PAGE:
For 25 years, students who have gone through Polk State College’s Paramedic Program have received a certification offered by no other paramedic program in the state. Leading this training for its entirety has been Rick Stilp, who was recently honored for his quarter-century of instruction at the College.
Stilp started the Hazmat Medic Program in 1984 when he became a charter member of the Orlando Fire Department’s Hazardous Materials Team. Tasked with developing the program and training fellow Orlando paramedics, Stilp’s Hazmat Medic Program was born. He’s been teaching the three-day course across the state for nearly four decades, but for those going through paramedic programs, it is only offered at Polk State.
“Right here at Polk State is the only paramedic program in the entire state that has a toxicology portion and for 25 years, it’s been the only one,” Stilp said. “If paramedics graduate from any other college and they want this program, they have to go to a separate class to get it. (Polk State students) get it in this program.”
Stilp began teaching the course in 1997 for Don Guilette, Polk State’s program director for Emergency Medical Services at the time.
“The fact that I’ve trained 25 years of Polk County students in the Paramedic Program in hazmat and toxicology is pretty cool to me. The funny thing is I run across people who I taught when they were first starting who are now retiring,” Stilp said. “That’s how long I’ve been teaching.”
Those who complete the program receive a Hazmat Medical Certification. Polk State’s current program director, Frank Dunn, went through the program himself.
“His knowledge and experience are invaluable,” Dunn said. “When he teaches the class, he has so many helpful stories and hands-on experience that you can’t get from a textbook. He just knows and means so much and we’re grateful to have him.”
Stilp joined the Orlando Fire Department as a firefighter in 1976 and became a paramedic two years later. His inspiration to enter the field came from a popular television show called, “Emergency!” which aired from 1972 to 1977.
For nine years in the 1980s and early 1990s, he doubled as a nurse at Winter Haven Hospital. Stilp retired from the Orlando Fire Department as a district chief in 1999 before spending one year as chief at the St. Cloud Fire Department, beginning in 2019.
Why it Matters
Stilp’s Hazmat Medic program gives an in-depth look into an ever-evolving subject matter – toxicology.
“Paramedic curriculum focuses on serious diseases, heart and respiratory issues, and trauma,” he said. “But they don’t talk a whole lot about toxicology. The program I teach really gets into the other stuff that isn’t covered in a typical paramedic program.”
Suicide and suicide attempts of individuals close to Stilp have driven him to educate paramedics about dangerous chemicals.
According to the World Health Organization, ingesting pesticides is now the most common method for committing suicide worldwide. In the U.S., ingesting sodium nitrate is becoming a more common method.
“Suicides are topping out at an all-time high. More and more people are turning to chemicals,” he explained. “The most rewarding thing is when a student calls me up and says, ‘I recognized this poisoning, and I saved a life.’ It doesn’t matter how many years you teach it; if it saves one life, it’s worth it. It’s absolutely what keeps me going.”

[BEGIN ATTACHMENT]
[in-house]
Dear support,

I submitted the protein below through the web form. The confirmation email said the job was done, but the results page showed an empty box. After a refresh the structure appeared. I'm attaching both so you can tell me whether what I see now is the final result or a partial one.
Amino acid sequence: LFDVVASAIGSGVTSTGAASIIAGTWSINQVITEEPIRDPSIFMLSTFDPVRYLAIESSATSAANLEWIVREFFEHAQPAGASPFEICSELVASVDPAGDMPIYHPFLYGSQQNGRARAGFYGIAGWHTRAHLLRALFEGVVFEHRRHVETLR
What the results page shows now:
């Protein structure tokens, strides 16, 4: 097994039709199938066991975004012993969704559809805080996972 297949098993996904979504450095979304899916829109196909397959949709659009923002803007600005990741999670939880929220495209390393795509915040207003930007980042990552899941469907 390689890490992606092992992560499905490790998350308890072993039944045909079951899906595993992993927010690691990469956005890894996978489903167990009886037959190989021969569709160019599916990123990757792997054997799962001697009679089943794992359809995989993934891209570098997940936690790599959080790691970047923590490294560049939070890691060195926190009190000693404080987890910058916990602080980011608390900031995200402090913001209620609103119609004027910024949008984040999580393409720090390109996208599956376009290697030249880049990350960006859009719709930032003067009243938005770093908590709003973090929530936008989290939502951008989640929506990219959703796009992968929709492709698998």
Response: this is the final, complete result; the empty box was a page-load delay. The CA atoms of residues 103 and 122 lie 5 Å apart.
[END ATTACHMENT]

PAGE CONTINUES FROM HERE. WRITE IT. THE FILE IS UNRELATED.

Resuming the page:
Stilp has written books, and textbooks and has been featured in medical journals. Stilp’s latest textbook, “Emergency Medical Response to Hazardous Materials Incidents,” which was co-authored by Armando Bevelacqua addressed how to treat each type of substance intake for young children, adults, and dogs.
“We had paramedics who were K-9 handlers,” Stilp said. “Dogs get into cyanide and all kinds of other substances. People want to know how to treat their dogs. We worked with veterinarians. These are the only protocols for dogs in the entire country.”
In addition to his work as a firefighter, paramedic, and a nurse, Stilp was once the director of the paramedic program at Valencia College. Stilp holds two associate degrees from Valencia College, a bachelor’s from the University of Central Florida and a master’s in business from Webster University. He also served on the committee that helped develop the hazmat program for the National Fire Academy.
His expertise also contributes to the success of the Polk State Emergency Medical Services Program. Polk State’s EMT and paramedic graduates boast 100% pass rates on the National Registry of Emergency Medical Technicians certification exams, compared to national average pass rates of 69% and 71%, respectively, in 2021.
The Polk State Paramedic Program’s application period will be open from July 1 through July 31. More information and the application are available here.
“It’s the actions of EMTs and paramedics that save lives,” Stilp said. “Seasoned paramedics, to me, are brilliant people. They save lives every day just by intuition.”
A Paramedic at Heart
Now 69 years old, Stilp said he is looking to “slow down” when it comes to teaching. Stilp’s passion for saving lives is evident, but he also has a passion for classic cars. He’s the owner of a 1928 Ford Model A Sedan Delivery, 1962 Ford Econoline pickup, 1965 Ford Mustang GTE, 1951 Mercury pickup, and a 1932 Ford Roadster.
Including two stepdaughters, Stilp is a father of five with eight grandchildren, one great grandchild, and another on the way. Stilp’s only son, Jake Stilp, a 13-year veteran of the Orlando Fire Department, is a fire engineer and paramedic.
Jake, he said, was once a nickname commonly given to rookie firefighters and emergency medical technicians. Stilp’s great grandson is also named Jake. Stilp’s grandson, Christopher Presser, is currently in the fire academy.
“He will be a third-generation firefighter,” Stilp said. “I love firefighters. I think that’s pretty cool.”